WASHINGTON — Turkey needs the international community to step up diplomatic, economic and material support as it hosts over 3 million Syrian refugees and after it lost 59 Turkish troops in Syrian regime attacks before a cease-fire deal was hammered out with Russia last week, Turkey’s envoy to the United States said today.
“Unfortunately, Turkey is the only force between the regime elements and the innocent civilians … and we have sacrificed 59 soldiers in order to defend the local population in that area,” Turkish Ambassador Serdar Kilic told journalists at the embassy in Washington today.
“Are we receiving enough support from the international community? … No, we are not receiving enough support. Not material, not political, not diplomatic, not humanitarian,” Kilic continued. “At this stage, we need action, more than words.”
Kilic spoke as Turkish President Recep Tayyip Erdogan arrived in Brussels for meetings with the European Council president and NATO.
Some European officials have described Turkey’s recent decision to let refugees mass at the border and try to cross into Greece and the European Union as a barely disguised blackmail effort to get more money from the 27-member bloc.
But the Turkish envoy rejected the characterization, noting that Turkey is hosting more Syrian refugees than any country in the world — more than 3.5 million Syrians, as well as providing humanitarian assistance to millions of Syrians inside Syria in areas close to its border.
"We have spent $40 billion in order to take care of the requirements of those people, and the international community is losing sight of the fact that we are not only taking care of 4 million refugees in Turkey, including 3.7 million Syrians,” Kilic said. “We are also taking care of additional around 4 million to 5 million Syrians within Syria … as well.”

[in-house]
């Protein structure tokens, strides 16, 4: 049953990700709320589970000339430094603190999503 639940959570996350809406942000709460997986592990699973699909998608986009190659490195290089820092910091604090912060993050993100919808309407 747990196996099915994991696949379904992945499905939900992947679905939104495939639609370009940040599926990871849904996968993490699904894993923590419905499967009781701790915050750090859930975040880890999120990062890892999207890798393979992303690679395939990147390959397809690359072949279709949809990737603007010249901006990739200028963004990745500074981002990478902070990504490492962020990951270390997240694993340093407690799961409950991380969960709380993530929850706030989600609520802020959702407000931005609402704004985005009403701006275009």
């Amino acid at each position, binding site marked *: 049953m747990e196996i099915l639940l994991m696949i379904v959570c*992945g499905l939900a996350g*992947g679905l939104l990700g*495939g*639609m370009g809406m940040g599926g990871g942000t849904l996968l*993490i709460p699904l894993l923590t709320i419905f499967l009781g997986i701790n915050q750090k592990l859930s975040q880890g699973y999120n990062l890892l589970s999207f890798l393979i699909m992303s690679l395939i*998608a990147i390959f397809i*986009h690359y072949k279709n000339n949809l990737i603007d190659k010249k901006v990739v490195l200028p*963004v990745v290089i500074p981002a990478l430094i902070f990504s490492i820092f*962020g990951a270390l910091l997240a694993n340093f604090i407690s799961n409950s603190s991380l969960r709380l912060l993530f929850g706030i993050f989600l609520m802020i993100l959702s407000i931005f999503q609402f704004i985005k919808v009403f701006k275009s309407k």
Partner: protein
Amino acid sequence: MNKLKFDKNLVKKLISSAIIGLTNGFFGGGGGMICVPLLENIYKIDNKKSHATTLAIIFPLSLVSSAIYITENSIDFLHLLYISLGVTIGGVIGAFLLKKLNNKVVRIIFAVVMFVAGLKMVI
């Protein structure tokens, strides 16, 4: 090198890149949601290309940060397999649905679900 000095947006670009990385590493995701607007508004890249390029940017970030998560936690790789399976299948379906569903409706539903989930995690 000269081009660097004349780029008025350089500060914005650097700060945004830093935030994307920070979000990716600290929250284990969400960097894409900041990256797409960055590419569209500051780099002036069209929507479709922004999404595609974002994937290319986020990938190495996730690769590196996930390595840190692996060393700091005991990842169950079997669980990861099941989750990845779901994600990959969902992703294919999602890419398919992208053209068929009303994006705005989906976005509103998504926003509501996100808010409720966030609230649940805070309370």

Kilic said the European Union has only delivered about half of 6 billion euros (nearly $6.9 billion) it pledged to help Turkey support its refugee population in a 2016 Turkey-EU migration deal.
“I mean, if someone is asking us to live up to our commitments, they should also look into the mirror and assume their responsibilities in that regard as well,” Kilic said.
European Council President Charles Michel acknowledged ongoing differences on the migration issue ahead of meeting Erdogan in Brussels tonight.
“We have different opinions on different things,” Michel told journalists in Brussels. “And that is why it is important to have a frank and open dialogue in order as soon as possible to overcome the different problems.”
“For us it is important to implement the deal between Turkey and European Union on migration,” Michel said.
Kilic also said that if the latest Turkish-Russia cease-fire deal for Idlib, which went into effect March 6, breaks down, Erdogan has vowed to escalate against the Syrian regime.
“If there are attacks on the Turkish forces and the civilians, … President Erdgoan has stated very clearly that we are going to reciprocate, as we have done so far,” Kilic said. “And you have seen the casualties that we have inflicted on the … regime … and I'm sure that they have a clear idea as to what is going to happen if they do not abide by the cease-fire.”
Separately, the State Department announced today that US Syria envoy James Jeffrey would travel to Brussels on Tuesday to meet with NATO allies on the Idlib crisis and how to support Turkey’s security concerns. Jeffrey “will also hold meetings with senior EU officials to discuss and seek assistance for the dire humanitarian situation in Syria, particularly in Idlib,” the State Department said.